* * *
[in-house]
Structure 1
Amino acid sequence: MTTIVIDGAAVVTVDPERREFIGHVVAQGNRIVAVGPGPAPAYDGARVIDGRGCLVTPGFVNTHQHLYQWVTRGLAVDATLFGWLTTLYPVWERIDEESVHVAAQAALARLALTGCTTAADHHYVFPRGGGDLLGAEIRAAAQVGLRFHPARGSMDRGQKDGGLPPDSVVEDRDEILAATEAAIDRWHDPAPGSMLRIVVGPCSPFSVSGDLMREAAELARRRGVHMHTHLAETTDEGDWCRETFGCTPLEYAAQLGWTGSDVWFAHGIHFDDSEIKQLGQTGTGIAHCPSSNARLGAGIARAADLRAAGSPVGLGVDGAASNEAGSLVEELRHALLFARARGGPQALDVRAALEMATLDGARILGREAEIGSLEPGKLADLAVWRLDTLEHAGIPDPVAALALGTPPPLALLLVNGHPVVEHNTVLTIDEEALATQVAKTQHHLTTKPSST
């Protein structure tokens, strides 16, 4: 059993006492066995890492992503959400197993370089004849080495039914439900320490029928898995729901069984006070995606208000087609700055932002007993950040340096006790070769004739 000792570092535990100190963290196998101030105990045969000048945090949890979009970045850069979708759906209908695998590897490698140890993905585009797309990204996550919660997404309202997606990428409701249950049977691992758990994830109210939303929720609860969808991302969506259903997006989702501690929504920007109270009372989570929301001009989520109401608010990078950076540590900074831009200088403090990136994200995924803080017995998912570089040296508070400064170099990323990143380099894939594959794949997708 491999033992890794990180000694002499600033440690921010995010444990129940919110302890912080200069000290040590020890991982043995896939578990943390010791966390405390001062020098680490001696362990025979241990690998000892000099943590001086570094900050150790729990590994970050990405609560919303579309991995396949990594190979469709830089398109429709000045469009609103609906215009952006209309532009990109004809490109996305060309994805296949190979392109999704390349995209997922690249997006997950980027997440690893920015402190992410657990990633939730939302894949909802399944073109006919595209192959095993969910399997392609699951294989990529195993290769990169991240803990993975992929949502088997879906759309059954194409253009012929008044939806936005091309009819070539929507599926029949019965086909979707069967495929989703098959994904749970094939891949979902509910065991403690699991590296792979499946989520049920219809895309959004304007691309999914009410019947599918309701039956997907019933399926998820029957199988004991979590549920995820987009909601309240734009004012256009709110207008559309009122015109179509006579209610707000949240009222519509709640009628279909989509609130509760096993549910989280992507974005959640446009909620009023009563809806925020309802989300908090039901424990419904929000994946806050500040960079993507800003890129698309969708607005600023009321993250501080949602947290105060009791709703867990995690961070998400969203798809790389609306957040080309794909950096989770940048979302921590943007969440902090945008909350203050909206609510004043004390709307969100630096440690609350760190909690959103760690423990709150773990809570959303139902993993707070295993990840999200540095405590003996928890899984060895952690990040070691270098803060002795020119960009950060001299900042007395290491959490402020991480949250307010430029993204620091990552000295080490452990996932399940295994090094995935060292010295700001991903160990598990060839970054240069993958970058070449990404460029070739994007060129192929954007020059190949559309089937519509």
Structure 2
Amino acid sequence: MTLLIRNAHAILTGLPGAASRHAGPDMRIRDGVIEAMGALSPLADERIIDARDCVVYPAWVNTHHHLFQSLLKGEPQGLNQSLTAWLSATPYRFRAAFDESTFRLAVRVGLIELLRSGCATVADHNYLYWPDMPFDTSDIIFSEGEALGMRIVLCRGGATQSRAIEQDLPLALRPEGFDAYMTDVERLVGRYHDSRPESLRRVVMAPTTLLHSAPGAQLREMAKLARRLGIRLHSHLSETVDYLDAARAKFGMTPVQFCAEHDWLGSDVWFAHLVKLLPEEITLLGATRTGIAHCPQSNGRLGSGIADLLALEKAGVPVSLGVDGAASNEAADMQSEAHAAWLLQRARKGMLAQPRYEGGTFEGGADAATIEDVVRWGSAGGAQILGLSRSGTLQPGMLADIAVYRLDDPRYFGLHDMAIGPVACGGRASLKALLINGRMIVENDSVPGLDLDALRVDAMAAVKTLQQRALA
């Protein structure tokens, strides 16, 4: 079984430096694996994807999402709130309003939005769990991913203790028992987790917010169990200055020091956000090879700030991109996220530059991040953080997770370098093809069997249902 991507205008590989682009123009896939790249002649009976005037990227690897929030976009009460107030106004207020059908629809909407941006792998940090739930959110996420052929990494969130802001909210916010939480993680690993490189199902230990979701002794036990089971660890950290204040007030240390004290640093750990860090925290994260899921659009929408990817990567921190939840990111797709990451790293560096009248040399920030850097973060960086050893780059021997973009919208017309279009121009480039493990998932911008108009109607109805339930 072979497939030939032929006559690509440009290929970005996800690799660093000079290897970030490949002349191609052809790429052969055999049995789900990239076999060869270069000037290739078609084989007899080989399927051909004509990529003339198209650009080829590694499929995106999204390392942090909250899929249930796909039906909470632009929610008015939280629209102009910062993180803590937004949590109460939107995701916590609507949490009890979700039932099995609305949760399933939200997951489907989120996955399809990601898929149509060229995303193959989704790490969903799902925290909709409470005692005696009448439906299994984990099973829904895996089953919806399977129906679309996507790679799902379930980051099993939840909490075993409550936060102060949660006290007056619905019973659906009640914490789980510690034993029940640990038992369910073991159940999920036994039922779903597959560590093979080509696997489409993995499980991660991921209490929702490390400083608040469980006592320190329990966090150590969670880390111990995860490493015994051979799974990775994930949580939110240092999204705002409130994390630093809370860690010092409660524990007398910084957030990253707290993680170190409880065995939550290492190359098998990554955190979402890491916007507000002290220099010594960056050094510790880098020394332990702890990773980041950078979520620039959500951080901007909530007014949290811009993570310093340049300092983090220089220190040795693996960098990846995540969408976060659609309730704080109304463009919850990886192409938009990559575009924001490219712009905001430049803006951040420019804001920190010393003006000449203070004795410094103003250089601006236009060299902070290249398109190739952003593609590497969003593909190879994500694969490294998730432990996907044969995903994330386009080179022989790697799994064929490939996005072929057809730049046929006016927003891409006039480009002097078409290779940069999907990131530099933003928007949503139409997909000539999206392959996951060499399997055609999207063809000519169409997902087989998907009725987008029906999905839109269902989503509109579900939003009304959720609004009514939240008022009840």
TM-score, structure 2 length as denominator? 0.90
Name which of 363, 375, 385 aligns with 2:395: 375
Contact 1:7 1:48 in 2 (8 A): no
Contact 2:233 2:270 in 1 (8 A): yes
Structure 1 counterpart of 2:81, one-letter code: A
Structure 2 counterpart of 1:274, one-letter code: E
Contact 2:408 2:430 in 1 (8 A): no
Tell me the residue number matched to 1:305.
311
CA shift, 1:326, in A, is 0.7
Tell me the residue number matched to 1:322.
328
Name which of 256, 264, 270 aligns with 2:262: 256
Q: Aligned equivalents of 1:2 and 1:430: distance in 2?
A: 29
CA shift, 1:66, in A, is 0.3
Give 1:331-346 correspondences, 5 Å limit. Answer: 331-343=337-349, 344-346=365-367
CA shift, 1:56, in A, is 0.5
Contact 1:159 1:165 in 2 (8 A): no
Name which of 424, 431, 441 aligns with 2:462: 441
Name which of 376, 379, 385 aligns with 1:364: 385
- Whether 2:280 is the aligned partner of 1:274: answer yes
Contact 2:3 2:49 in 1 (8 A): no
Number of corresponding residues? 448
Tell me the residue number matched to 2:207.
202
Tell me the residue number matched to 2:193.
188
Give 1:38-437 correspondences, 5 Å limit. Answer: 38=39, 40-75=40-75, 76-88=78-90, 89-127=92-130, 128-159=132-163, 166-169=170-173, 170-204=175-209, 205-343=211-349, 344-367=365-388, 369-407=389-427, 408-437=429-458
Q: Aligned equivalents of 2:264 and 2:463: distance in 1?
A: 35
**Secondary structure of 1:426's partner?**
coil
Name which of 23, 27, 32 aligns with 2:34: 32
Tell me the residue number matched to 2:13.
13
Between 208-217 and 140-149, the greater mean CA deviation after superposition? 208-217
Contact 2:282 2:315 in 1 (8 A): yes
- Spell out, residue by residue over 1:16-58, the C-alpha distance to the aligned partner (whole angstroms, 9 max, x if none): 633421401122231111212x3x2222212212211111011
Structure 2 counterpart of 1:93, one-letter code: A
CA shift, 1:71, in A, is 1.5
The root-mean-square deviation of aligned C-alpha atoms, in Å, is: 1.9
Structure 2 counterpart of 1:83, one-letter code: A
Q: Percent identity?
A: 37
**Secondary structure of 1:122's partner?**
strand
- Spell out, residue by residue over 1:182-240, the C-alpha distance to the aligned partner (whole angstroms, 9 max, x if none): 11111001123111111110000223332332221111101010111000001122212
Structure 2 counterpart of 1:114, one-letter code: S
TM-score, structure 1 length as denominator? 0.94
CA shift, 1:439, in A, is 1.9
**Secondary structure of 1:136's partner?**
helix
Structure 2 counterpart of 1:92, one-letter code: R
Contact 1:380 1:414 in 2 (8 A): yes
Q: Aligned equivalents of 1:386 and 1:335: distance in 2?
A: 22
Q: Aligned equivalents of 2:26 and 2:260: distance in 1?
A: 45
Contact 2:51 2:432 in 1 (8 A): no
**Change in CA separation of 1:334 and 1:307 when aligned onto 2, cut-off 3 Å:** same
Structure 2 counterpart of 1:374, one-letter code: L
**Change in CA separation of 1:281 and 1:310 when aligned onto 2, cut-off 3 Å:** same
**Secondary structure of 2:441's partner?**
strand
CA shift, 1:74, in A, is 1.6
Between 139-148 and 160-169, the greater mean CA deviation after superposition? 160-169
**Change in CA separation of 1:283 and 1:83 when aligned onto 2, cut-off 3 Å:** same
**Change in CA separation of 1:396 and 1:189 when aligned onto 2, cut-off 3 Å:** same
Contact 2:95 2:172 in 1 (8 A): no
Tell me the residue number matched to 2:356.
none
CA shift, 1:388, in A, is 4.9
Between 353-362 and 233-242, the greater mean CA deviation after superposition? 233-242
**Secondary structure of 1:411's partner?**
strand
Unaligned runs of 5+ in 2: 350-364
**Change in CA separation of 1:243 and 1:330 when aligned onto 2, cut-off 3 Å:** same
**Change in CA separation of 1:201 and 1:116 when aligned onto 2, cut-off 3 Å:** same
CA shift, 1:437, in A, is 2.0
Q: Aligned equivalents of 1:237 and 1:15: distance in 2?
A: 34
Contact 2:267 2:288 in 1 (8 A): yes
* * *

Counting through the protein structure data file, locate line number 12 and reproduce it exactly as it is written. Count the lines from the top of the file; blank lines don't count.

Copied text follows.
Structure 1 counterpart of 2:81, one-letter code: A